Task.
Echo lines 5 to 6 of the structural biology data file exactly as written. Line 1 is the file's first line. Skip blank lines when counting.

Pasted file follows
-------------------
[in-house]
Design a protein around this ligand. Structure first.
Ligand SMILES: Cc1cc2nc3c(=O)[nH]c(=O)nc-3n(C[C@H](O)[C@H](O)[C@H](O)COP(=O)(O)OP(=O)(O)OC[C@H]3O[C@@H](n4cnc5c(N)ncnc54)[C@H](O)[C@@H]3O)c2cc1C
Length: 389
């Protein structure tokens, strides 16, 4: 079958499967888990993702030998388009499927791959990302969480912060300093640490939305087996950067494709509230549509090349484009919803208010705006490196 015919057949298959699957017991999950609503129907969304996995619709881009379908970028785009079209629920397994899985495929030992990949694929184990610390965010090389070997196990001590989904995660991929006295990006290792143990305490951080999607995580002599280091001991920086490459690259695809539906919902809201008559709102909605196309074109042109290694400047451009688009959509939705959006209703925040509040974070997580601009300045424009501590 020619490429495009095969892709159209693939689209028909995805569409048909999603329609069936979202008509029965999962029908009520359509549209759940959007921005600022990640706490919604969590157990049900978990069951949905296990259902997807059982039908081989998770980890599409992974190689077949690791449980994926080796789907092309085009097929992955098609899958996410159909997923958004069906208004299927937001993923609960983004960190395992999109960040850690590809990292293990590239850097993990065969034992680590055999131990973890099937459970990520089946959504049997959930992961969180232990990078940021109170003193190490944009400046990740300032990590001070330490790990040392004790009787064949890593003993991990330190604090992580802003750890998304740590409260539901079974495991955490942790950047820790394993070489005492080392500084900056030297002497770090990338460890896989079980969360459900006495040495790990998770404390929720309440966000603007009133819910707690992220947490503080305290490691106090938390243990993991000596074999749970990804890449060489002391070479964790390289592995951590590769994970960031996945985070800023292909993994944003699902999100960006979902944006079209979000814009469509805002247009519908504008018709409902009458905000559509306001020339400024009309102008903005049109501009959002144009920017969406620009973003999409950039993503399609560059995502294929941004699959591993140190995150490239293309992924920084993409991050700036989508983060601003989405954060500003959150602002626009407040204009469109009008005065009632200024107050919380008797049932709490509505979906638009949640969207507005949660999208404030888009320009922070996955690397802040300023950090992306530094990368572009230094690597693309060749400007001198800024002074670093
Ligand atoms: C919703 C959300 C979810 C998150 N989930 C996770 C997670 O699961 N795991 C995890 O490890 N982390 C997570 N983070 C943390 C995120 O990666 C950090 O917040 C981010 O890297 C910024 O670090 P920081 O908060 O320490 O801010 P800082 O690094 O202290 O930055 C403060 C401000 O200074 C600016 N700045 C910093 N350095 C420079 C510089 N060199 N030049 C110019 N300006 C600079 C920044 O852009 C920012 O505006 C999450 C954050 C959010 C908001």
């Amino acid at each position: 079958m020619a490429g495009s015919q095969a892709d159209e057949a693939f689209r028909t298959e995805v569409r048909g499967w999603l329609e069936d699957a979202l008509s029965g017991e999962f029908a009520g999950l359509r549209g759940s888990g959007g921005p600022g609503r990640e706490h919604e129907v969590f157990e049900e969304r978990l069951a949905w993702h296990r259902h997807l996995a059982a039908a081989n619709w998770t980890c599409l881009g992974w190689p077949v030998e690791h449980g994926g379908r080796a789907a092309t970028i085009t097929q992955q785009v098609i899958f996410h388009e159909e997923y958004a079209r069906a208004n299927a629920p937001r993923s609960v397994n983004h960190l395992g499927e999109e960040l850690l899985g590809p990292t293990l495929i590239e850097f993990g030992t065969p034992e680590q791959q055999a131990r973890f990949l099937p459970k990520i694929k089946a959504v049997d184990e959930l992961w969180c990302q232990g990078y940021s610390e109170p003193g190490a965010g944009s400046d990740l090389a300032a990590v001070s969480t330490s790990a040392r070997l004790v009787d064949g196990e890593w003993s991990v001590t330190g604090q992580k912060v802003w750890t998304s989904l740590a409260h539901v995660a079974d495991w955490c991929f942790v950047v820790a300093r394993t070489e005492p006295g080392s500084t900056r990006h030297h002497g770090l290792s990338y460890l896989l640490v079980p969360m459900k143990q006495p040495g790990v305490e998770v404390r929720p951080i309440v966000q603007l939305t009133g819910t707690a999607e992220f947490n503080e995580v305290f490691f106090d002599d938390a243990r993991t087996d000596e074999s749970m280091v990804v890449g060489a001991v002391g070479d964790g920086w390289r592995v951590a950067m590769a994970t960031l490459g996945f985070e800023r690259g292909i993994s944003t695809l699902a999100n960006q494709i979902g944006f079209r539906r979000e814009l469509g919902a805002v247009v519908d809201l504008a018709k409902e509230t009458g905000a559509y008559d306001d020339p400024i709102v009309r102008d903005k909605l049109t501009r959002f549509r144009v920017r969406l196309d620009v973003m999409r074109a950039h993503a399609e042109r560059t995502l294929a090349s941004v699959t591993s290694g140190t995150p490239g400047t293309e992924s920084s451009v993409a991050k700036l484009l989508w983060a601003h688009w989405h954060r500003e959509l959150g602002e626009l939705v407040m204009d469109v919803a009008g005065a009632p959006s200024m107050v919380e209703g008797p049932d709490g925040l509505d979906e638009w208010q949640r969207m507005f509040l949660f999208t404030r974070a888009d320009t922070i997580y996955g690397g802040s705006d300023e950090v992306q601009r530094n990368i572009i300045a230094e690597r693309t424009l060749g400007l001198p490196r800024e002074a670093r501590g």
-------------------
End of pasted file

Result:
């Protein structure tokens, strides 16, 4: 079958499967888990993702030998388009499927791959990302969480912060300093640490939305087996950067494709509230549509090349484009919803208010705006490196 015919057949298959699957017991999950609503129907969304996995619709881009379908970028785009079209629920397994899985495929030992990949694929184990610390965010090389070997196990001590989904995660991929006295990006290792143990305490951080999607995580002599280091001991920086490459690259695809539906919902809201008559709102909605196309074109042109290694400047451009688009959509939705959006209703925040509040974070997580601009300045424009501590 020619490429495009095969892709159209693939689209028909995805569409048909999603329609069936979202008509029965999962029908009520359509549209759940959007921005600022990640706490919604969590157990049900978990069951949905296990259902997807059982039908081989998770980890599409992974190689077949690791449980994926080796789907092309085009097929992955098609899958996410159909997923958004069906208004299927937001993923609960983004960190395992999109960040850690590809990292293990590239850097993990065969034992680590055999131990973890099937459970990520089946959504049997959930992961969180232990990078940021109170003193190490944009400046990740300032990590001070330490790990040392004790009787064949890593003993991990330190604090992580802003750890998304740590409260539901079974495991955490942790950047820790394993070489005492080392500084900056030297002497770090990338460890896989079980969360459900006495040495790990998770404390929720309440966000603007009133819910707690992220947490503080305290490691106090938390243990993991000596074999749970990804890449060489002391070479964790390289592995951590590769994970960031996945985070800023292909993994944003699902999100960006979902944006079209979000814009469509805002247009519908504008018709409902009458905000559509306001020339400024009309102008903005049109501009959002144009920017969406620009973003999409950039993503399609560059995502294929941004699959591993140190995150490239293309992924920084993409991050700036989508983060601003989405954060500003959150602002626009407040204009469109009008005065009632200024107050919380008797049932709490509505979906638009949640969207507005949660999208404030888009320009922070996955690397802040300023950090992306530094990368572009230094690597693309060749400007001198800024002074670093
Ligand atoms: C919703 C959300 C979810 C998150 N989930 C996770 C997670 O699961 N795991 C995890 O490890 N982390 C997570 N983070 C943390 C995120 O990666 C950090 O917040 C981010 O890297 C910024 O670090 P920081 O908060 O320490 O801010 P800082 O690094 O202290 O930055 C403060 C401000 O200074 C600016 N700045 C910093 N350095 C420079 C510089 N060199 N030049 C110019 N300006 C600079 C920044 O852009 C920012 O505006 C999450 C954050 C959010 C908001």